The Harford County Deputy Sheriff’s Union Local 838 was established and chartered on January 5, 1989, when 18 deputies met in the home of Christopher Reichardt. The Harford County Deputy Sheriff’s Union is affiliated with the International Union of Police Associations, AFL-CIO. The first officers of the union were, President Christopher Reichardt, Vice President John Miner, Secretary Joe Mina and Treasure Steve Rathgeber. By March 1989 the union had grown to 55 members.
The original charter members are: Tom Wioncek #98, John Bowman #104, Paul Wilkinson #106, J.J. Miner #124, Bob Mercer #135, Dave Alexander #145, Chris Reichardt #150, Ed Keplin #151, Joe Mina #152, Steve Rathgeber #159, Ken Smith #171, Fred Visnaw #172, Bud Warner #173, Jay Wright #174, Mike Davis #188, Bob Parsons #193, Jim Waltman #198, and Keith Warner #199.
The early years of the union were difficult. Then Sheriff Mele and County Executive Freeman refused to meet with the union officers or even acknowledge that the union was formed. The years 1989 and 1990 were used to build the union’s political base for the upcoming county wide elections in 1990. In the fall of 1990 President Reichardt stepped down as union president and John Miner became president.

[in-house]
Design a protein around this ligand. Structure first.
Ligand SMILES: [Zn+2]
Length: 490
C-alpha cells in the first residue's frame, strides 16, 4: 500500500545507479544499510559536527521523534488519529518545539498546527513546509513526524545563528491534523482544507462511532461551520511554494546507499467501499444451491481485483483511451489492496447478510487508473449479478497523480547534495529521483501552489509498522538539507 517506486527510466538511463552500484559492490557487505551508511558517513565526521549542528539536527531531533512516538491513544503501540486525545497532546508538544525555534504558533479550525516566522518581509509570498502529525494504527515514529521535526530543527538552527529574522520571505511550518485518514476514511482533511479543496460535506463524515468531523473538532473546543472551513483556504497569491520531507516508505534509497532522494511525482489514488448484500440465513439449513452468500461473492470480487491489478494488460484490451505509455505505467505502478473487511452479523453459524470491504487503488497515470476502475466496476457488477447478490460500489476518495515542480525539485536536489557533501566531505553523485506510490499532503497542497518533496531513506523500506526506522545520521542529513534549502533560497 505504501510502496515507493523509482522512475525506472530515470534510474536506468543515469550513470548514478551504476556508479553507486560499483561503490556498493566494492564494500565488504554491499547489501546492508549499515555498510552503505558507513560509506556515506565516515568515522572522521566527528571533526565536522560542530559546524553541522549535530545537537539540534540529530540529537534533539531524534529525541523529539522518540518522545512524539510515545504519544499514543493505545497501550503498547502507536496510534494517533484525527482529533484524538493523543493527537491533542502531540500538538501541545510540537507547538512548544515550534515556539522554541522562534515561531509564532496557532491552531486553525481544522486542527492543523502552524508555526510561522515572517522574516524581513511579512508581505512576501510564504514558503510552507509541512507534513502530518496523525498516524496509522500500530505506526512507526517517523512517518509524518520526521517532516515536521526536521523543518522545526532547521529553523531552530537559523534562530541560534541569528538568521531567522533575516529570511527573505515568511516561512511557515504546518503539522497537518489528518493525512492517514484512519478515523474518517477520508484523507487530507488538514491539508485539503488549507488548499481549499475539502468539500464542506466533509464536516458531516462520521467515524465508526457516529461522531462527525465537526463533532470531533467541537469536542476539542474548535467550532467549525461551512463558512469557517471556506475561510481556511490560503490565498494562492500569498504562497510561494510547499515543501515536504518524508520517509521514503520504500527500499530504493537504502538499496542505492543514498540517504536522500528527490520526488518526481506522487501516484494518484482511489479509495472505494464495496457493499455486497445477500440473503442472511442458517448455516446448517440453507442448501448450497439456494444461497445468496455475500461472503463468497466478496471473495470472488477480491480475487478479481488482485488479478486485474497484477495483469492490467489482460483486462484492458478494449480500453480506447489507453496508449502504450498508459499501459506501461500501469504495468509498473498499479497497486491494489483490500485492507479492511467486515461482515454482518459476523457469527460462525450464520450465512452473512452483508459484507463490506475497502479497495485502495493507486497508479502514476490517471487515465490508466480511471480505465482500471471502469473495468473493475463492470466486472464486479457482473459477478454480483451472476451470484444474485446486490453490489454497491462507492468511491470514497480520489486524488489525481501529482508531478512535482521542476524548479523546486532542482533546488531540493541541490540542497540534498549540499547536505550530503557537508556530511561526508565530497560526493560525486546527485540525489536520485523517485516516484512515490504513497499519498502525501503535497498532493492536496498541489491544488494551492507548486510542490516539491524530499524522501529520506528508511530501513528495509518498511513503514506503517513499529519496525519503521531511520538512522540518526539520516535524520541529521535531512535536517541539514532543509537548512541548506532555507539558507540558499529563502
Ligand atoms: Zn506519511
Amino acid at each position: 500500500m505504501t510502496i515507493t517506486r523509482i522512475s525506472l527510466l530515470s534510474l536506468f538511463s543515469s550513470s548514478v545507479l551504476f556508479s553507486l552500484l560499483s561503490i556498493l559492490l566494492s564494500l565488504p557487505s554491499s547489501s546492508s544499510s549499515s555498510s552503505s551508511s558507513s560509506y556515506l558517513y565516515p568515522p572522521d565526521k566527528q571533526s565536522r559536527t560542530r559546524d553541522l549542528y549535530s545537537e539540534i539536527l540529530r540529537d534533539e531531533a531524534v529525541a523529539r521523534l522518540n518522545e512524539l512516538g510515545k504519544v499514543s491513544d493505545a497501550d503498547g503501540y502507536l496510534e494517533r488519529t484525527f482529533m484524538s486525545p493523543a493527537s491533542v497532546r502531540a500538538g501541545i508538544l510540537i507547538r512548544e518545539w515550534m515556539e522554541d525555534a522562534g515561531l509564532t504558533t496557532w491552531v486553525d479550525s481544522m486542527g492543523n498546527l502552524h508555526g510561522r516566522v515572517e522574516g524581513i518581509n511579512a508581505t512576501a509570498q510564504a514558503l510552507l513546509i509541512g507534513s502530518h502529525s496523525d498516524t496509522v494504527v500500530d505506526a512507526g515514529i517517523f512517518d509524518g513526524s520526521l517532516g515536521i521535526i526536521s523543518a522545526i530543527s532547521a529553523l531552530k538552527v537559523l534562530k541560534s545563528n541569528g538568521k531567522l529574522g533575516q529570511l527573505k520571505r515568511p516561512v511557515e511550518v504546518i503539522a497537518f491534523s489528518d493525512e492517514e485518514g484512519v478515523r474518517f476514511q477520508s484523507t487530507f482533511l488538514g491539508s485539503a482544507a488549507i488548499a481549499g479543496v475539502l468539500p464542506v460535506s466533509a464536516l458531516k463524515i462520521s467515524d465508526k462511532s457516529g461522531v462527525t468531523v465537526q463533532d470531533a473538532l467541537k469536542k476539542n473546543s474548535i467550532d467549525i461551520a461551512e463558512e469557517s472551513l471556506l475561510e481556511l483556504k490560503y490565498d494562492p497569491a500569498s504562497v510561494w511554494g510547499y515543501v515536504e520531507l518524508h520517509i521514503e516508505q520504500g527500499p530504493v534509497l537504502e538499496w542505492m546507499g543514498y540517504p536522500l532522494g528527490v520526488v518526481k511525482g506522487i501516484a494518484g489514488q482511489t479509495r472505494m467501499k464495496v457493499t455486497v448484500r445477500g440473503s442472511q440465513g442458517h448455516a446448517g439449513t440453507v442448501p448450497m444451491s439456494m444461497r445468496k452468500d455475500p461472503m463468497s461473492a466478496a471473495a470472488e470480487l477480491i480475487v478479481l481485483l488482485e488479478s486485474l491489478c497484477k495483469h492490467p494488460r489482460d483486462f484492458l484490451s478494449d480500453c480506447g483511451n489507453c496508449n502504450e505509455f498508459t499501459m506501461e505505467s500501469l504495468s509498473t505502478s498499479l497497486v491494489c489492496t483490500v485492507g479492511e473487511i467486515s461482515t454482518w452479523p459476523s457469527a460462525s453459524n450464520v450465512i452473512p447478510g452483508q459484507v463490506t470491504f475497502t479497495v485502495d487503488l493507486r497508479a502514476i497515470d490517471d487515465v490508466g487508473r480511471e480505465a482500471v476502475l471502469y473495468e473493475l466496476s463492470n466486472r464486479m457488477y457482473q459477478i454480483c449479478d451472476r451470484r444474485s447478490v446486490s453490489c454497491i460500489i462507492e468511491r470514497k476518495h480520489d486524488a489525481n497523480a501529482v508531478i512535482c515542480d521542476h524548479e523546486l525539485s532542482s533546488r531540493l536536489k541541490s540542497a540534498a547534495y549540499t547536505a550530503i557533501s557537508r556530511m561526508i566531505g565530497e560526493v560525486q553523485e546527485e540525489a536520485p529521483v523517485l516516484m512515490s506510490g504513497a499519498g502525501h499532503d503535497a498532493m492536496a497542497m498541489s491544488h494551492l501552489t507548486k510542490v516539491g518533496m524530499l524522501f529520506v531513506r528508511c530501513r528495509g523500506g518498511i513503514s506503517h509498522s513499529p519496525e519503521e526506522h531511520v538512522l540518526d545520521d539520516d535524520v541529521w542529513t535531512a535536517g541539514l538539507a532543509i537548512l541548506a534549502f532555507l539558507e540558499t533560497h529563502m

The county elections in 1990 saw Sheriff Mele defeated by Robert Comes and Eileen Rehrmann became County Executive. Both Sheriff Comes and County Executive Rehrmann recognized the union and its officers and started to “meet and confer” with the union’s elected officers. The first order of business in the early 1990s was to bring the starting pay for a deputy sheriff up to a living wage. After a study was completed a pay plan was proposed and accepted. This was the start of many pay and reclassification plans that the union would support over the years.
In 1994 the union supported the creation of a county wide police department. This was defeated by the voters of Harford County by just over 3,000 votes.
In 1994 Sheriff Comes was defeated by Joseph Meadows. The union’s Executive Board and Sheriff Meadows worked to create a 25 year retirement plan. After years of lobbying the county government the 25 year retirement for deputy sheriffs became law in 1997.
During the early part of 2000 and 2001 the union supported wage studies to improve the lives of its members. When union members were called to active duty after 911, the union’s executive board went to the county government and requested that the county government supplement the pay of sheriff’s deputies that were called to active duty in the service of their country. The union’s Executive Board also requested that law enforcement members receive service time towards their retirement while they are away. County Executive James Harkins agreed and signed an order allowing the program to begin. The program is still in place to this day!
Today the Harford County Deputy Sheriff’s Union has multiplied from a group of 18 to a force of approx. 300 members. The union continues to work to improve living and working conditions of its members. It is a well developed organization which maintains the integrity of the Harford County Sheriff’s Office while providing its members with multifaceted benefits to enhance quality of one’s professional and personal endeavors. Read more about our current Union Officials here.